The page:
As known, fractal antennas are used for example in cell phones. But why is it that so many different kinds of frequencies can be filtered out of the forest of radio waves surrounding us? Is it because of the self-similarity, when you look at different scales of the antenna pattern?

  • $\begingroup$ Sounds like a question for electronics.stackexchange.com $\endgroup$
    – user56903
    Commented May 12, 2016 at 10:51
  • $\begingroup$ Very interesting subject. As an aside, may I ask if anyone know for any similar treatments in biology-biophysics? Thanks. $\endgroup$ Commented May 12, 2016 at 16:17
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    $\begingroup$ You seem to know a lot of things that are just not so... like that one can generate energy with antennas. :-) $\endgroup$
    – CuriousOne
    Commented May 12, 2016 at 21:54
  • $\begingroup$ @descheleschilder Thanks for the reference. By treatments I mean any research- modeling of a biological procedure by similar means as above: that is modeling a situation with fractal behavior at some level and model the interactions (of some type) of that situation by showing similar behavior as that of the frequencies. I know what I say is somewhat abstract or miss-stated. Thanks anyway. $\endgroup$ Commented May 13, 2016 at 16:25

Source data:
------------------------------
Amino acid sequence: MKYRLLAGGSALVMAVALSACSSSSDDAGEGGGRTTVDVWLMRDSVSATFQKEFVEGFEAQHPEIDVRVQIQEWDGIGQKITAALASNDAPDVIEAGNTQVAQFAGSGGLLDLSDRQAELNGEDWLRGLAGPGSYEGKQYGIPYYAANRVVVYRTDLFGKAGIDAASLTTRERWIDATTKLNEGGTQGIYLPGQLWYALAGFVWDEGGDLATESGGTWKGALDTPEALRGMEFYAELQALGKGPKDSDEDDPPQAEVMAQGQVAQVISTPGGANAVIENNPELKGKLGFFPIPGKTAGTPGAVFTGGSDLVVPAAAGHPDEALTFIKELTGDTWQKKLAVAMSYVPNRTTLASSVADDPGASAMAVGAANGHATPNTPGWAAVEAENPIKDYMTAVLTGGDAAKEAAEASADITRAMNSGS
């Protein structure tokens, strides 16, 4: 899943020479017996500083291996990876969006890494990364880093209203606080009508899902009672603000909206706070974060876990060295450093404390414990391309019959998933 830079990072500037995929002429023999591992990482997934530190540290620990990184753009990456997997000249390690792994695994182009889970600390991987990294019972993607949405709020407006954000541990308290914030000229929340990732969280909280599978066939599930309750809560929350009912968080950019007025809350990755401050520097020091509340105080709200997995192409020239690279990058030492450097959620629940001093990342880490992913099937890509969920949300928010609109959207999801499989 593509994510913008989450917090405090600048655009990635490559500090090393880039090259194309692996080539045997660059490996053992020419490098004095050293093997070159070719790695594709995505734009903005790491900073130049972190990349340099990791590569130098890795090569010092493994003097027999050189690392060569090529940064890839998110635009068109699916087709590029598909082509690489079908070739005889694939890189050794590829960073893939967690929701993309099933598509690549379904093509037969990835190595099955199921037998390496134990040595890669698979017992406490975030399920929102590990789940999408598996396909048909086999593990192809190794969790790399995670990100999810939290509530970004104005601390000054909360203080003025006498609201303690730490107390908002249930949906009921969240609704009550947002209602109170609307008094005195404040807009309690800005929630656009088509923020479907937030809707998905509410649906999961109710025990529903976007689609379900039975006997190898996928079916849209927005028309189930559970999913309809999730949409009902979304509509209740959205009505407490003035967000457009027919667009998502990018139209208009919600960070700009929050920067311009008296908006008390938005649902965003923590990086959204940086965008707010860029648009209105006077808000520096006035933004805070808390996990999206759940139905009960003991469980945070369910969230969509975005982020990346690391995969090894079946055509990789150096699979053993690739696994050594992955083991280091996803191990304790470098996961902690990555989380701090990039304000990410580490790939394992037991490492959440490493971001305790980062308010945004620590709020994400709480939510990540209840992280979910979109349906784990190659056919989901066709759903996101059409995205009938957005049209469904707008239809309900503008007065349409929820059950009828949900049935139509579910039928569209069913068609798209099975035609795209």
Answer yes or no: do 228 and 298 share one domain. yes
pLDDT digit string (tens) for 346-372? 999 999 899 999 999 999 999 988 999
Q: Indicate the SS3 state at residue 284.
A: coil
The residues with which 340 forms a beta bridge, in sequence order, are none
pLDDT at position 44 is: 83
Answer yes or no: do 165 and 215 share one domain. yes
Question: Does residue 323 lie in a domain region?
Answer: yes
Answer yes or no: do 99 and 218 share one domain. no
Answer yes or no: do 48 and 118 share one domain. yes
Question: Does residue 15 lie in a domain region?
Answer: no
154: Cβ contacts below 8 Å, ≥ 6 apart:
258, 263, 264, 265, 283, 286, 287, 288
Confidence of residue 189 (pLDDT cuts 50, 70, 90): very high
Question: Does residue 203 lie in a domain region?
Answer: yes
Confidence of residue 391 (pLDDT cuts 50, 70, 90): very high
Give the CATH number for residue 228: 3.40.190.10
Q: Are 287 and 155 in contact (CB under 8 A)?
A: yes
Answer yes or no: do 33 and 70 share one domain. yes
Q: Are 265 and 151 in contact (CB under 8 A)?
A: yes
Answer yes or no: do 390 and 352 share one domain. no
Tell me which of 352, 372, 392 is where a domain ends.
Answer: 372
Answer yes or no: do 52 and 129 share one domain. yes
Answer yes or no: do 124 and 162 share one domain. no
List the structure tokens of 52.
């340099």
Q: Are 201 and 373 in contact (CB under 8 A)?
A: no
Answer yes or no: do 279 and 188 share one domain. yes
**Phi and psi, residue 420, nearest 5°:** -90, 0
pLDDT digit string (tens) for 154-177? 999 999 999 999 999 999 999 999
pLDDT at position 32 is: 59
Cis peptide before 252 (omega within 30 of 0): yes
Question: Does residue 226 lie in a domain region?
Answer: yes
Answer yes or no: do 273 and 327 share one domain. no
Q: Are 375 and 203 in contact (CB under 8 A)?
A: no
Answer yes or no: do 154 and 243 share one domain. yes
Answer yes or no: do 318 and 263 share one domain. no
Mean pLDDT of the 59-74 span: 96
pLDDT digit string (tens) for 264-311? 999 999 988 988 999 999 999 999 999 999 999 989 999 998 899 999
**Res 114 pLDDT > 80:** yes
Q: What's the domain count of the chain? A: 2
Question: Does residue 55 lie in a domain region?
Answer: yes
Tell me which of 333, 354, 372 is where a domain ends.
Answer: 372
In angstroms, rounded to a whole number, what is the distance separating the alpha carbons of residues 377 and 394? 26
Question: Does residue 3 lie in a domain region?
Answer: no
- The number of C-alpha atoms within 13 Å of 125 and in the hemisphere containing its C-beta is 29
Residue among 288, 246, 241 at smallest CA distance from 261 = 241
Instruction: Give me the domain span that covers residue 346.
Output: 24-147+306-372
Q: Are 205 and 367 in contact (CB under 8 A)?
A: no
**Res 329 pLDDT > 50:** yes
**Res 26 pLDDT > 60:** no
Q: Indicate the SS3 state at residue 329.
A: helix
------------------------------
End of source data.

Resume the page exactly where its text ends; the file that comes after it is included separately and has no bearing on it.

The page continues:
• $\begingroup$ @ConstantineBlack I think there are many fractal forms in biology, as you probably know by now. The blood veins system, tree branches, forms of leaves, curled DNA, etc. $\endgroup$ Commented Sep 20, 2020 at 3:24

1 Answer 1


Yes, it's because of self-similarity, although self-similarity alone doesn't guarantee$^1$ good performance. I believe you can understand a fractal antenna as a collection of many antennas of different size/scales put together in a very compact way.

$^1$The full-text of the paper is available here.


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